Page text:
Argentina is a significant player in world agriculture, but Bill Beam believes it will become an even bigger player as policies under the new government will encourage crop diversity, better production practices and upgrades to machinery.
Beam, a corn and soybean farmer near Elverson, Pennsylvania, toured Argentina and southern Brazil in March as part of a United Soybean Board sponsored trip that to view production practices and infrastructures in countries that compete with U.S. soybeans.
Argentina already produces a lot of soybeans and is the world leader in soybean meal exports, but inflation and high taxes during the previous administration discouraged modernizing equipment and adopting new production methods, says Beam. That should change with the new government, which has given farmers optimism about their future.
“Argentina will become a bigger powerhouse in agriculture,” says Beam. “It has a lot of potential with its soils and climate if farmers can access the dollars needed to plant and buy the equipment that is needed.”
The changes needed to achieve that potential will take time. The lack of capital has meant farmers there rely on dated field equipment and storage facilities, both of which are in need of upgrades or repairs.
“The combines are relatively modern but do not have the latest technology as those in the U.S. do. Also, everything was well used,” he says.
Leading this agriculture renaissance will be the adoption of crop rotation that is practiced in the United States. A USDA attache report in April said a rotation program in Argentina will mean more acres of wheat, corn and sunflower and fewer soybeans in the upcoming crop season.
“The biggest thing was the crops.” says Beam. “They were not rotating crops like we would. They had a lot of glyphosate-resistant weeds in the soybeans. A corn rotation would help them. Also, if they pushed their corn a little bit they could get a lot more out of it.”
Shortly after Mauricio Macri became President in December he lowered the export tax on soybeans, removed it entirely for grain and removed quotas on grain exports. Those moves should increase exports and encourage farmers to diversify production. The president also announced an infrastructure development program for northern provinces, where much of the country’s crops are grown.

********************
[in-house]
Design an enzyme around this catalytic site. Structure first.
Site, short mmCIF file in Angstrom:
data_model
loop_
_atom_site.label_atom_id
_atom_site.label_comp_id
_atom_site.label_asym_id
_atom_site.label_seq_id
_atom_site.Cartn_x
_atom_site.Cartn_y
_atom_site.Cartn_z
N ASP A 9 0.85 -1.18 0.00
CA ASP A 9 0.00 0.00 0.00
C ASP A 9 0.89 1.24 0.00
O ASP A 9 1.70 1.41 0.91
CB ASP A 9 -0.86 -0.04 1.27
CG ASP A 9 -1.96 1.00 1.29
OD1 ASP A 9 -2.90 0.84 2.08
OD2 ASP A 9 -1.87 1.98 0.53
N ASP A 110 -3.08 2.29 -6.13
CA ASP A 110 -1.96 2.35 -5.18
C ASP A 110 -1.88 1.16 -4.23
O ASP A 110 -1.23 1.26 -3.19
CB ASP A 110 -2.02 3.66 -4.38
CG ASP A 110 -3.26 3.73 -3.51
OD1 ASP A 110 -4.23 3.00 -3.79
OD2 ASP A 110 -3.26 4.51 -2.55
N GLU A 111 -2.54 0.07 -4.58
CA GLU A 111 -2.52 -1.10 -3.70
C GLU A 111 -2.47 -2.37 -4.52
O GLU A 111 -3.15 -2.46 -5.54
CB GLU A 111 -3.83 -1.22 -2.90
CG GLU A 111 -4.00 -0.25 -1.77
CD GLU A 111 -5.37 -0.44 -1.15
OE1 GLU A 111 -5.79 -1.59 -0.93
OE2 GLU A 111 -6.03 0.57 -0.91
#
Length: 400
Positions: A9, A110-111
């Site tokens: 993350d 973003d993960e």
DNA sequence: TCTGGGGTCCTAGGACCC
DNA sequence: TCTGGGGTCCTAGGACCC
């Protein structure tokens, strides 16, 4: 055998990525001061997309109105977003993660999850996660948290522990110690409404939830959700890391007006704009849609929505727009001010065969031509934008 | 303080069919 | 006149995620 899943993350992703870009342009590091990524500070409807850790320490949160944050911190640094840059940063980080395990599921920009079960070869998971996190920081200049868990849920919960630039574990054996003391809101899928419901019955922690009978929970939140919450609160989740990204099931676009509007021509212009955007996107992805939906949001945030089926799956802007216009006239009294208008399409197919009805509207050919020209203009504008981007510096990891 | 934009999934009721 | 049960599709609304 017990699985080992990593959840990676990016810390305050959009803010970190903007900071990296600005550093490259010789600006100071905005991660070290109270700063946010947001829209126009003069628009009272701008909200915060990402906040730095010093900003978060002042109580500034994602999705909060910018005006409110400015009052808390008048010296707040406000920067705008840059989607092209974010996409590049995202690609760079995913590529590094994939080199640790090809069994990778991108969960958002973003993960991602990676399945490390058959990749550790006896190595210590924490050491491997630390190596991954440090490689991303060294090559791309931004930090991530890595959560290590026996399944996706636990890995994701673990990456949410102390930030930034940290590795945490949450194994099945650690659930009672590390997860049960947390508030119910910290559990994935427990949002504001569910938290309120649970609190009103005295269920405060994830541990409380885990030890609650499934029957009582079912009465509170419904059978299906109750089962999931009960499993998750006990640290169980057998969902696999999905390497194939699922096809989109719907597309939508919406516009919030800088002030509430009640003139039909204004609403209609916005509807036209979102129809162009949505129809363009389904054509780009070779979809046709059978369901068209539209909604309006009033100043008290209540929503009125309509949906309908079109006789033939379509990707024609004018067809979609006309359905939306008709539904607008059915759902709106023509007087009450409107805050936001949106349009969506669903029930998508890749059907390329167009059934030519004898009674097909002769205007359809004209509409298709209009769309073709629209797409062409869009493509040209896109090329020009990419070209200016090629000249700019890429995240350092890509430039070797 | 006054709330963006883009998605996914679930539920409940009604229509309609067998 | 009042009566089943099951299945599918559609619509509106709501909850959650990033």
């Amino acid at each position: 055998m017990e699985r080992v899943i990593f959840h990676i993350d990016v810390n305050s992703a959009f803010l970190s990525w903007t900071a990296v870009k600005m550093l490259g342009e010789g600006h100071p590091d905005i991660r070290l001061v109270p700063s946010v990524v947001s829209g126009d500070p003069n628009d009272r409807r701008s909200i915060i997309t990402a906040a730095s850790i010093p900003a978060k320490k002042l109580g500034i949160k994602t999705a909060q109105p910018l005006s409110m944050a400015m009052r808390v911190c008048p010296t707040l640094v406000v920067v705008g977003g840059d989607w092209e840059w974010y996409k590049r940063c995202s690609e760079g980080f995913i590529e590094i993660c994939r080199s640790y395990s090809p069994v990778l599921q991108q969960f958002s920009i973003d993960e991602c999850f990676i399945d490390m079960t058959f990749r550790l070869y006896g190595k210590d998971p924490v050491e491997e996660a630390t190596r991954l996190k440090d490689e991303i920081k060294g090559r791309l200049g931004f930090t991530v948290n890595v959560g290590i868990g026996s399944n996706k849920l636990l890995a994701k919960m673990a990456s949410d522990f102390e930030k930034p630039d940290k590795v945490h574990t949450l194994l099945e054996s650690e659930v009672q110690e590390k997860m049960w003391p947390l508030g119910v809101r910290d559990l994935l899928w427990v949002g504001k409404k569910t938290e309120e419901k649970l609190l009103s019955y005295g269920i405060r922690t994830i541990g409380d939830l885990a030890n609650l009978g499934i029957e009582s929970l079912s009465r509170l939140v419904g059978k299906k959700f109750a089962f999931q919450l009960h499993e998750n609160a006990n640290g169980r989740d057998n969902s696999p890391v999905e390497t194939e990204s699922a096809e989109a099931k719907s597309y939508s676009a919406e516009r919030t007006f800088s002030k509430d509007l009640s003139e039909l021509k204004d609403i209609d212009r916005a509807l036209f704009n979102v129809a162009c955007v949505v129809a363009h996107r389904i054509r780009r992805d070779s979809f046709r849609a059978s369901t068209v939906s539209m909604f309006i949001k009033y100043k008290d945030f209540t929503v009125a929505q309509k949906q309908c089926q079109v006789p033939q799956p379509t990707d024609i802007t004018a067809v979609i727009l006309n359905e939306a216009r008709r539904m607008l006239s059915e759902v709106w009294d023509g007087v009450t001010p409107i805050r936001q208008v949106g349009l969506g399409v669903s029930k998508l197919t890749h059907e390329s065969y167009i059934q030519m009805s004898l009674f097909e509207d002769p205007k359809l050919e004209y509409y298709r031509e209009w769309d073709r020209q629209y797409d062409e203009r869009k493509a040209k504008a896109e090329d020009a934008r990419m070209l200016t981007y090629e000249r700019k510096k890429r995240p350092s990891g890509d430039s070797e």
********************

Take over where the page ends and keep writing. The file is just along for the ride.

“The farmers we met are planning on one-third each of corn, wheat and soybeans. This will reduce soybeans by maybe 10% as we are thinking most wheat acres will get doubled back to soybeans,” he says.
Facilities for moving, processing and exporting the crops appeared to be in better shape than in Brazil, which Beam also visited.
“The road system seems to be more developed until you hit the secondary roads then they are pretty equal with Brazil - rough and filled with large potholes that break equipment. Their ports are closer to production areas, which gives big savings for the farmers,” he says.
Modern soybean processing plants are located at ports and load soymeal onto ocean-going ships directly from the plants. The soybean processing plants are “state-of- the-art facilities.”
“We toured a three-year old soybean plant that crushed 20,000 tons per day. The next day we toured another 20,000-ton a day plant,” he says.
Limited banking and credit facilities make it hard to borrow money for land purchases, so a lot of the land purchases are private deals.
One farmer that Beam’s group visited was a hospital administrator who turned to farming.
“I got the impression that unless you had money it was hard to get into agriculture. Land sales were not very transparent,” says Beam. “We asked them what land would cost to buy and they said it was really difficult to buy it.”
Despite the lack of cash and tight credit, Beam is optimistic Argentina’s farming sector will recover.“All things considered if the government leaves agriculture and farmers alone, they will increase production by simply rotating crops and buying more fertilizer.”